Driving Resilience: Fleet Solutions for Today, Preparing for Tomorrow

With fuel prices soaring and recession fears looming, future-proofing to the extent possible is on the minds of solid waste leaders everywhere.

Forward-thinking haulers have used technology to help navigate COVID-19, and their resilience highlights a path forward: through the rest of the pandemic, and into the economic fray growing on the other side.

The most stable municipalities and haulers rely on modern, field-proven smart tools to help them gain efficiencies, balance budgets, and continue to provide high-quality essential services to their communities. Here’s a look at how.

Get smart, Get resilient

From Michigan to Florida, and from South Carolina to California, the labor shortage has left many waste haulers struggling to complete routes and fulfill commitments to residents and customers. Between the proverbial rock and hard place, the shortage has caused some haulers to breach contracts and face fines for non-performance. In the most discouraging scenarios, carts have been left to rot at the curb.

To avoid situations such as these, many haulers have invested in new and updated technology solutions. Smart fleets using in-cab computers, running optimized routes, and capturing revenue-generating information at the collection point may need fewer drivers to begin with. 

They’re also in a better position to continue and improve service delivery, thereby building trust with residents and brand loyalty with customers.

In fact, according to Worldbank, governments further along the path to digital transformation were more resilient, with fewer service disruptions, when 2020 landed on our collective doorstep with a thud.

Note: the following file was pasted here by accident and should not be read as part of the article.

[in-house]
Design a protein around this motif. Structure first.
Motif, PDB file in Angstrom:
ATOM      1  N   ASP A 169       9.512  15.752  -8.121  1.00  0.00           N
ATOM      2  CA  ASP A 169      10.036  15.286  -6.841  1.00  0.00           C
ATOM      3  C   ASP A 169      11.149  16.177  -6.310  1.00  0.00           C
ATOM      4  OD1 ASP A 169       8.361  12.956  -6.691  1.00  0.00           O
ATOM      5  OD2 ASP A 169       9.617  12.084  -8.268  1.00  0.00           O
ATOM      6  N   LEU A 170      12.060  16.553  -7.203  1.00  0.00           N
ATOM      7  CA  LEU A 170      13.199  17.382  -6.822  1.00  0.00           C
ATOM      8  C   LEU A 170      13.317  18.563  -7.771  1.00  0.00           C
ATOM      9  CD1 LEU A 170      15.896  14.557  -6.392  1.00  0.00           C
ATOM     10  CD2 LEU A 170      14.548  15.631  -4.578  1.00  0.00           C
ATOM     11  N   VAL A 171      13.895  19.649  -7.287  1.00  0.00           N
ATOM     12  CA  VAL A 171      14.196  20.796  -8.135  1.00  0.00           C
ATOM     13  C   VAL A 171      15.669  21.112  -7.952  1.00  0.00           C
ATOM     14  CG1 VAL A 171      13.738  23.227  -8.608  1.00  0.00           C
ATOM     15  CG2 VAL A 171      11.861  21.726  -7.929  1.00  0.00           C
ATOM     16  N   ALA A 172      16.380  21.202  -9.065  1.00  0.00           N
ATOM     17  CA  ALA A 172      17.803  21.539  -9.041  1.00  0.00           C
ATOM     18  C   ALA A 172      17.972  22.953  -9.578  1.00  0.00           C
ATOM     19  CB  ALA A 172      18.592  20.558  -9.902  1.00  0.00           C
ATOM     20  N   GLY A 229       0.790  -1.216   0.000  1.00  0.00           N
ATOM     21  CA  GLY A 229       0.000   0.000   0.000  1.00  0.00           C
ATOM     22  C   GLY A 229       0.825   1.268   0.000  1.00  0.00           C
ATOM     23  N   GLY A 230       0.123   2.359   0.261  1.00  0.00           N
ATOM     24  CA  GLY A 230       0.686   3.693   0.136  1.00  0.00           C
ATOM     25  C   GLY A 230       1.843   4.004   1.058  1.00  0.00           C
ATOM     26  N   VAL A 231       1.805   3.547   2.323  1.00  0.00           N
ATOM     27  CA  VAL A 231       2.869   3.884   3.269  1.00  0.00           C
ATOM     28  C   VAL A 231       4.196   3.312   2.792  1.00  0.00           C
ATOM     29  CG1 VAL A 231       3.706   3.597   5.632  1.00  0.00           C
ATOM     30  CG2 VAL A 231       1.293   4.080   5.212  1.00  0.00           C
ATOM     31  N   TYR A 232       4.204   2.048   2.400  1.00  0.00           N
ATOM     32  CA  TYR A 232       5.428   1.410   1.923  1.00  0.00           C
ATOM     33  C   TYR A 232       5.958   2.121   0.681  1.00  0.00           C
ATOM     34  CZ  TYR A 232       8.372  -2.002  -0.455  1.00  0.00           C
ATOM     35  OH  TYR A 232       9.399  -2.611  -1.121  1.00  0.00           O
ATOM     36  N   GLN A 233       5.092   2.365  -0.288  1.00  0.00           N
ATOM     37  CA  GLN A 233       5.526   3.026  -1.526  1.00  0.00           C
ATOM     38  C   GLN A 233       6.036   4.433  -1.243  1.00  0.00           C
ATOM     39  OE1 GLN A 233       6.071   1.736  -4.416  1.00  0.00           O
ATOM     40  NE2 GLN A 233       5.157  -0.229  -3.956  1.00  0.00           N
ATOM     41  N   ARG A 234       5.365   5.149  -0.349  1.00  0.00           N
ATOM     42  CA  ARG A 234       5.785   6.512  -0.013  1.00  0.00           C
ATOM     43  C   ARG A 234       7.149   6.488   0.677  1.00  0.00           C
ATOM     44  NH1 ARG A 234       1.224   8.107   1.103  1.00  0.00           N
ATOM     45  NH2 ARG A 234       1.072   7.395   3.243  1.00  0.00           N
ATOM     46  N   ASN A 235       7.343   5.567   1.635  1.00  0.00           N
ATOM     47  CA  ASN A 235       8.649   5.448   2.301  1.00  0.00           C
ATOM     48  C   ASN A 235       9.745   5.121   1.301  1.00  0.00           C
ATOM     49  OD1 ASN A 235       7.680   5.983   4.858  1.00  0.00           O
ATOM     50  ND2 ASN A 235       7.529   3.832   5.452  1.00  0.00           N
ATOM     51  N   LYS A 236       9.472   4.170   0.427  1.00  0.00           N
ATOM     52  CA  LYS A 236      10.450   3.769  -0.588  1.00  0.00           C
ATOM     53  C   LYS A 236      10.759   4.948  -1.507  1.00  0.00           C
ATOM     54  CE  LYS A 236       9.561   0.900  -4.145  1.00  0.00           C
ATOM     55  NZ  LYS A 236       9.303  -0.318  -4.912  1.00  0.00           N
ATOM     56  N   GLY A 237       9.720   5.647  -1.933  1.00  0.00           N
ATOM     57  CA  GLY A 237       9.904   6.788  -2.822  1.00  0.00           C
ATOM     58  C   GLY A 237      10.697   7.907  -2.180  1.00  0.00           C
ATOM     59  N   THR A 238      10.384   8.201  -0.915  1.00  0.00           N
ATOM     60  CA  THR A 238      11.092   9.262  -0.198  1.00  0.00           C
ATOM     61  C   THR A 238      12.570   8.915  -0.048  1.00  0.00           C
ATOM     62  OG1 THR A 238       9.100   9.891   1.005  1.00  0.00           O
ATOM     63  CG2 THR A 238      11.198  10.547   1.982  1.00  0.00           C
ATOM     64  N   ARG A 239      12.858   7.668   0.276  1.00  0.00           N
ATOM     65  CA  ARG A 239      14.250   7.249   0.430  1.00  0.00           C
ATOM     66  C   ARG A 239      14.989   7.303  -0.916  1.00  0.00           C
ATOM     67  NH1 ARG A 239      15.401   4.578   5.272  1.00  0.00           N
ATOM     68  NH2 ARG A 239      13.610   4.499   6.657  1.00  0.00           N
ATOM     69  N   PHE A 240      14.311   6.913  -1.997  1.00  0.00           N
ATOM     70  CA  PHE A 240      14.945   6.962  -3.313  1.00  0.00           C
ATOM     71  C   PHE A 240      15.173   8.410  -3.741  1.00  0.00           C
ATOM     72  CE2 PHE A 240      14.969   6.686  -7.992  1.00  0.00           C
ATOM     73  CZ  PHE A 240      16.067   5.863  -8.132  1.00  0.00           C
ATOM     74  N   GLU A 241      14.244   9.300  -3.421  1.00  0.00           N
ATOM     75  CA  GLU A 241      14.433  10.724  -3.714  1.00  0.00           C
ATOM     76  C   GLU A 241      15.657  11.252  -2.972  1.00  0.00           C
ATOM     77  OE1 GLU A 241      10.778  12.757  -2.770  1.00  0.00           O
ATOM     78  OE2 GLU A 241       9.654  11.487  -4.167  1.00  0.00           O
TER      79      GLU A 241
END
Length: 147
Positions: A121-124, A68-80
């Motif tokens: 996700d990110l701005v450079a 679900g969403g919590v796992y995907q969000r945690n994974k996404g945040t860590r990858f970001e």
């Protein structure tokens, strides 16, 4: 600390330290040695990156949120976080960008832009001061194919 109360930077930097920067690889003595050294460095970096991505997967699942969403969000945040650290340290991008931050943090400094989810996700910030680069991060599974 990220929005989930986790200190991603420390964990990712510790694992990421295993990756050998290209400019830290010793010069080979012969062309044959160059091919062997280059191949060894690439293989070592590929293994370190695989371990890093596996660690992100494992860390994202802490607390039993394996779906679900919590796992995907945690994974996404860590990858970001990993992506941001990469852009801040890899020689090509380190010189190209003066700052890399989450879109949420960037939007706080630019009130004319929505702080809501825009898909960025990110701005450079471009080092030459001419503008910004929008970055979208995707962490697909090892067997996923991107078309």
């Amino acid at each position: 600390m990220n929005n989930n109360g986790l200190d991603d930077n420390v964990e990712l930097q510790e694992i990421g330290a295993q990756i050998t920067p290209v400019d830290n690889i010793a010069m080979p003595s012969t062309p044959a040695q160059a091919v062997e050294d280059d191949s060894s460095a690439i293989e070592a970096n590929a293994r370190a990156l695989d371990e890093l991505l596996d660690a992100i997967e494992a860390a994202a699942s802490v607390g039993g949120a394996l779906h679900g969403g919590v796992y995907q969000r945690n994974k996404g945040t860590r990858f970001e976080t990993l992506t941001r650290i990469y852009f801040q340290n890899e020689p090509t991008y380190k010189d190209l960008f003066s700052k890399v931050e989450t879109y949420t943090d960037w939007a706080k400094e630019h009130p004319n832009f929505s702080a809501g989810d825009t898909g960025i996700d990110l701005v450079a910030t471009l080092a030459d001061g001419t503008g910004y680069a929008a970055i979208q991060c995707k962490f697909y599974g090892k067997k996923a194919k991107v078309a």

Relieve the staffing pinch

The pandemic continues to augment staffing issues and impact disposal behavior across the globe in ways we are still working to understand.

During stay-at-home orders, people disposed of more waste where they live, which increased municipal solid waste (MSW) by about 20 percent—a big deal for haulers when an additional trip to the landfill takes about an hour. While tonnages have leveled off, an increase of five to 10 percent in MSW over pre-pandemic levels may persist due to increased remote work and schooling.

In the municipal sector, driver absences due to illness and isolations (“quarantine”) can create a dilemma about which essential services the available staff should attend first. When supervisors and drivers in other departments pinch-hit for absent solid waste staff, necessary work may be left undone. Even worse, the resulting operational disruption can culminate in citizen upset and increased pressure to perform for an already overburdened department.

Solid-waste specific technologies can help. Paperless route optimization plays an important role in right-sizing the fleet so that extra routes don’t cause unnecessary strain on staffing (or the budget). Plus, route optimization ensures routes are deliverable in practice—not just theory—as well as more efficient.

When staffing levels are low, the right fleet equipmentincluding on-board computers (tablets) that provide electronic routing and mapping, as well as turn-by-turn navigation and real-time connection to the back officeempower pinch-hitters and new drivers get up to speed faster, work more efficiently with less training, and feel more confident and supported on the road. With turn-by-turn directions, someone who’s never run a route can complete it just like the regular driver by following the bouncing pin on the map.

In addition, by using data and proven route design tools, haulers can ensure that customer satisfaction doesn’t suffer as drivers do more with less. Likewise, using data gathered from on-board computers allows supervisors to measure driver performance against their own standard rather than irrelevant industry averages, providing helpful, specific coaching information for continuous improvement.